School is back in session Monday for Dedham, Massachusetts students after a deal was reached to end the state's first teachers strike in over a decade.
Officials from the Dedham Public Schools district and teachers union announced the tentative agreement during a press conference Sunday.
The four-year deal includes 10 days of paid family and medical leave; new policies on sexual harassment and student cell phone use and what the DEA calls a "fair" compensation package.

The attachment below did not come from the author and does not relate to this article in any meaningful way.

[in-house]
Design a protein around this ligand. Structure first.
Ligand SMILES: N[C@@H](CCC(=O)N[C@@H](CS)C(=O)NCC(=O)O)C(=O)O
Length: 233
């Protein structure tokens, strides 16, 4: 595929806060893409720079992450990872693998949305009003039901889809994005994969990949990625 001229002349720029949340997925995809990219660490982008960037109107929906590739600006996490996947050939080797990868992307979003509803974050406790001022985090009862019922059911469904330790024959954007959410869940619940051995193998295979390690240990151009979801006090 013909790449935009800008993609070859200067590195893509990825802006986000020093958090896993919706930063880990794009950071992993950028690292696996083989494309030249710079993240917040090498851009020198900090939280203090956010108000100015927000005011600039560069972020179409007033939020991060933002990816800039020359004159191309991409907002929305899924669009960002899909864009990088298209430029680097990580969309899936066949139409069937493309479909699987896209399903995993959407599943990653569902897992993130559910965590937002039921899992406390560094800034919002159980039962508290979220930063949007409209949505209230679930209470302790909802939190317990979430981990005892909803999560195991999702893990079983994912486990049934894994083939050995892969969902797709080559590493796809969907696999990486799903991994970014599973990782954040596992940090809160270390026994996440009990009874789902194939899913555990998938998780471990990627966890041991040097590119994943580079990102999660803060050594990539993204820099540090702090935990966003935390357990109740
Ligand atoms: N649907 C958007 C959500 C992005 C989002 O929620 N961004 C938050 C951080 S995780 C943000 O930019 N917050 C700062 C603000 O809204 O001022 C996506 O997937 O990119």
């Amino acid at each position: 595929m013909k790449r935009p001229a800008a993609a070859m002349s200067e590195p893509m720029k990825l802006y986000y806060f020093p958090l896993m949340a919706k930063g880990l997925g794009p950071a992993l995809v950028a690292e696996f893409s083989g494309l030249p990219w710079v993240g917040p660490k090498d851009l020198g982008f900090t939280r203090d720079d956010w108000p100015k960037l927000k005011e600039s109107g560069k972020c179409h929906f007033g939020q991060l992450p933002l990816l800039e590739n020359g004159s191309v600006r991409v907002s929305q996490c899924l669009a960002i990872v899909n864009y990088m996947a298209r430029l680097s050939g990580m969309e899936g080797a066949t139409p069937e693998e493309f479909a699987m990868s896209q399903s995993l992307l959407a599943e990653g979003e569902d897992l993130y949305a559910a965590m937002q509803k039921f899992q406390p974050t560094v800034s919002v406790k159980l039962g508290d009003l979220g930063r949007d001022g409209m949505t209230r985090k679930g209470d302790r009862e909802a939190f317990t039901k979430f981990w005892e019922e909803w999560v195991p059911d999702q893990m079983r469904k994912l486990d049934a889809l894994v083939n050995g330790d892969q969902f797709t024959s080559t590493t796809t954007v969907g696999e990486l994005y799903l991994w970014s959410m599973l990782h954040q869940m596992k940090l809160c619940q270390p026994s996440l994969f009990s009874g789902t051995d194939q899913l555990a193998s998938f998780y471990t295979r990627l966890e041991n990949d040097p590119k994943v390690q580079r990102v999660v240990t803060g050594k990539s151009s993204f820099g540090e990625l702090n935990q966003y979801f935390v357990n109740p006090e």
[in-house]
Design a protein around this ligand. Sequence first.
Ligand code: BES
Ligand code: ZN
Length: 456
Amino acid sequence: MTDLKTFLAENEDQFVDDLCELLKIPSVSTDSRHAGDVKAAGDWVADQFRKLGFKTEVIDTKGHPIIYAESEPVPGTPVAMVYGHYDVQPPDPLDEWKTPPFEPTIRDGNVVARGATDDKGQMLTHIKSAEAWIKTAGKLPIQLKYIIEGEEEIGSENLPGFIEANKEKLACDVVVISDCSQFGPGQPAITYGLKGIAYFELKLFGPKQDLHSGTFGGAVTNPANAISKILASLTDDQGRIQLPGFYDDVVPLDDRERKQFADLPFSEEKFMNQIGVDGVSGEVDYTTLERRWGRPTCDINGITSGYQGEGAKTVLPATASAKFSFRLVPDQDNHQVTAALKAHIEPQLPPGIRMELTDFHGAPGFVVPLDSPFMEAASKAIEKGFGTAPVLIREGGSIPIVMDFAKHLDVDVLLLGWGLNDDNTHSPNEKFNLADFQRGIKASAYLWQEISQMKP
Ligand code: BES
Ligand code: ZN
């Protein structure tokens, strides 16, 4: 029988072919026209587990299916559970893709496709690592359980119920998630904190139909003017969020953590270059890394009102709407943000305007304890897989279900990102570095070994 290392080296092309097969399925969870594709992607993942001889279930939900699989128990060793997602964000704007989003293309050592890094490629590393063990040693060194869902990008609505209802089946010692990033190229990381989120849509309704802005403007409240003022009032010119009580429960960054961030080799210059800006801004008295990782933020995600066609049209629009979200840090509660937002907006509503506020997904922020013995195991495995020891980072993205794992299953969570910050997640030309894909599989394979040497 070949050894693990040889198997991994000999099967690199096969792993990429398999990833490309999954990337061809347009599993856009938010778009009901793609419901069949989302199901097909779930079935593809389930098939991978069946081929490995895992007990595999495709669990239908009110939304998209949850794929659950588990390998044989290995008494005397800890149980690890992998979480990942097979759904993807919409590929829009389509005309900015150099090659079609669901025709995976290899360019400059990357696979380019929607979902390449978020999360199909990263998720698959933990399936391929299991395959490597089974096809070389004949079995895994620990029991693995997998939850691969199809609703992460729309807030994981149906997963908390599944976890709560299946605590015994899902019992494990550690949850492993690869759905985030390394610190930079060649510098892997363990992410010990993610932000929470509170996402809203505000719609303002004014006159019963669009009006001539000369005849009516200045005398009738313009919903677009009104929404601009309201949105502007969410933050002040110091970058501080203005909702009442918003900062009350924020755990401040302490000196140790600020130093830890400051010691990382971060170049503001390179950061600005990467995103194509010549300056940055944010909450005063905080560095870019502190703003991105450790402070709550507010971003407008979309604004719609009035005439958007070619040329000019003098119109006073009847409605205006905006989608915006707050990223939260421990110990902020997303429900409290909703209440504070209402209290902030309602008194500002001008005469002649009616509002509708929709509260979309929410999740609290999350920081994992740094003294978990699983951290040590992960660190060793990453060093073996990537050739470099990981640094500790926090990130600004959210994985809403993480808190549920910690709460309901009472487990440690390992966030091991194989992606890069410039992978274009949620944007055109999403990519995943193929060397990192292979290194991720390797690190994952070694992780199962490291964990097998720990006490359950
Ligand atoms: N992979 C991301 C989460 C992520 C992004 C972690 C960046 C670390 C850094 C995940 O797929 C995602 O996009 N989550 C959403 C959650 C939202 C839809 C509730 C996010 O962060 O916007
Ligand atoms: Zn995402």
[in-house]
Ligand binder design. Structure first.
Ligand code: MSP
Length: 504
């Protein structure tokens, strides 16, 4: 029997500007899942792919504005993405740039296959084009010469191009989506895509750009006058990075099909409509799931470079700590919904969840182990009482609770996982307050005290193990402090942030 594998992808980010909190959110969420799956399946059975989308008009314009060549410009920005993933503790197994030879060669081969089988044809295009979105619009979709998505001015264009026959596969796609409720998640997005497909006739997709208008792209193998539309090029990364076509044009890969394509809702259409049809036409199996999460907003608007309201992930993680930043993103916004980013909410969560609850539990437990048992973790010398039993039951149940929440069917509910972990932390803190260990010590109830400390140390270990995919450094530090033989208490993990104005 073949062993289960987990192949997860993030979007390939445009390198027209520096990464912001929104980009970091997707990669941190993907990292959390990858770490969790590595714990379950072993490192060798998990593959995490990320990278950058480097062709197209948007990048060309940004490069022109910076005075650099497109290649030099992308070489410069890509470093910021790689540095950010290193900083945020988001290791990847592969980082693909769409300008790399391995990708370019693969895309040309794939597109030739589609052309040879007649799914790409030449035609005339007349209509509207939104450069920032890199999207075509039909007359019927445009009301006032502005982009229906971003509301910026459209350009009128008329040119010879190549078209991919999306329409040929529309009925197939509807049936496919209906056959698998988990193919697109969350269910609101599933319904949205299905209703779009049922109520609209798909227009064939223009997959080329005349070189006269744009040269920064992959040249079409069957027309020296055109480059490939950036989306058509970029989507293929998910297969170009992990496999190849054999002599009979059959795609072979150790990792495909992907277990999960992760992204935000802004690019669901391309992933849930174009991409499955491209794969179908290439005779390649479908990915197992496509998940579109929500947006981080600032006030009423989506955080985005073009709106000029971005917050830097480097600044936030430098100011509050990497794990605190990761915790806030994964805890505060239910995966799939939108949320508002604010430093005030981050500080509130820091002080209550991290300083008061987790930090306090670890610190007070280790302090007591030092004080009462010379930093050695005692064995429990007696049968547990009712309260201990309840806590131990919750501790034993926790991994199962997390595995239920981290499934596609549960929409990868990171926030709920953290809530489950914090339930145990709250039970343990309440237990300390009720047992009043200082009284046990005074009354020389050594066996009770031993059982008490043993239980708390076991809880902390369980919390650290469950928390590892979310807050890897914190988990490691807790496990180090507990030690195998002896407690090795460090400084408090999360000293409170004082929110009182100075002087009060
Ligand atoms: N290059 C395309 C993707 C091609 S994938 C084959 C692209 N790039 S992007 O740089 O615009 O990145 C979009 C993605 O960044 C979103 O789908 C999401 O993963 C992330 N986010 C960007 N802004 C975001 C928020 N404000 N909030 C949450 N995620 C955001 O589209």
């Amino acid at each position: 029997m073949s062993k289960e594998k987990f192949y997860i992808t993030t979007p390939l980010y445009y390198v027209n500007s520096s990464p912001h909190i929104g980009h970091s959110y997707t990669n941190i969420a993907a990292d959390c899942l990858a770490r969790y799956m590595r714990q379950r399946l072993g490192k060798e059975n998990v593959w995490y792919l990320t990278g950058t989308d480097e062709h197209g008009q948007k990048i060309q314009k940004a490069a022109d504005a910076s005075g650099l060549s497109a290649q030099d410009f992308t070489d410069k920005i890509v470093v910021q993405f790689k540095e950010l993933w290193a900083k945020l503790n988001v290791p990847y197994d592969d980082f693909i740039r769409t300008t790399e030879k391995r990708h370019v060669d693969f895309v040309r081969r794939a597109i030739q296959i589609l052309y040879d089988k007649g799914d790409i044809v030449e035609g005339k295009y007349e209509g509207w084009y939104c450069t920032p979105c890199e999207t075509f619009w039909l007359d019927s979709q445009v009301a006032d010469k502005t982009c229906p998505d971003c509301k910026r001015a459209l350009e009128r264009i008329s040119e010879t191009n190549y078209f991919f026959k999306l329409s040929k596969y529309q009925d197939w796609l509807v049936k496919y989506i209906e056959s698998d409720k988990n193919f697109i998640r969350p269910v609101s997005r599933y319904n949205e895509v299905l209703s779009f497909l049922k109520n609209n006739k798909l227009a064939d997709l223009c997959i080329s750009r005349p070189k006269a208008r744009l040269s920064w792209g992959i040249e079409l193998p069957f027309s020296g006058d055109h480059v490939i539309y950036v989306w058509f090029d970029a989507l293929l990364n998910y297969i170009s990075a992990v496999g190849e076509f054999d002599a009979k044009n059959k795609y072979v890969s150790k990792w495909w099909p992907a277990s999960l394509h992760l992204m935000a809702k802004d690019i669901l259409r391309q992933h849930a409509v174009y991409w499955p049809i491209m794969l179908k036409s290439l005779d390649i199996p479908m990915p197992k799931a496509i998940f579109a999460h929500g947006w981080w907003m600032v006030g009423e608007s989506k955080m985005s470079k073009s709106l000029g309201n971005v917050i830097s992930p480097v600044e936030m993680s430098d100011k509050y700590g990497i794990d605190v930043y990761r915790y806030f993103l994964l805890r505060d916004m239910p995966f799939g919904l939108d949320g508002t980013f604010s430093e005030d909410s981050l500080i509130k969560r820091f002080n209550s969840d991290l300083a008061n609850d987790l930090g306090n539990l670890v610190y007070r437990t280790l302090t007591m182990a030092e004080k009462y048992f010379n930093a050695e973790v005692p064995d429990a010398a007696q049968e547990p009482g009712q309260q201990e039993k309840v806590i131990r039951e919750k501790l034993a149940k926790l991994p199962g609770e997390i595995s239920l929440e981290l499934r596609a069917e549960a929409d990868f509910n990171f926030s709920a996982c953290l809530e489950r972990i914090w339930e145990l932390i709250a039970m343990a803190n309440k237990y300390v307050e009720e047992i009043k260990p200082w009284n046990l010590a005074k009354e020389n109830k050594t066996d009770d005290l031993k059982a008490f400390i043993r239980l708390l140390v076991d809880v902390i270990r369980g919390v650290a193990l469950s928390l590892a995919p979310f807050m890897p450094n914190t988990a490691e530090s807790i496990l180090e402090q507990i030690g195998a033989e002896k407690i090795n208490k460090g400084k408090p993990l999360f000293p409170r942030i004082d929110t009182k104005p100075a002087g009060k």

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"I'm really happy to be back so I can teach my kids and be back in the classroom with them," high school math teacher Kelsea Whittemore said as she walked in to begin classes Monday.
The members of the Dedham Education Association, which had authorized the strike last week by a 248-2 vote, ratified the contract in an overwhelming vote, according to a statement from the school system.
The strike came after two years of negotiations stalled over a disagreement on salary, health care, student cellphone use in class and policies on sexual harassment.
Members of the community joined teachers on the picket lines, including high school junior Daniel Pasciuto.
"If they're not getting the help they deserve then they can’t do their jobs to teach us," he said Monday.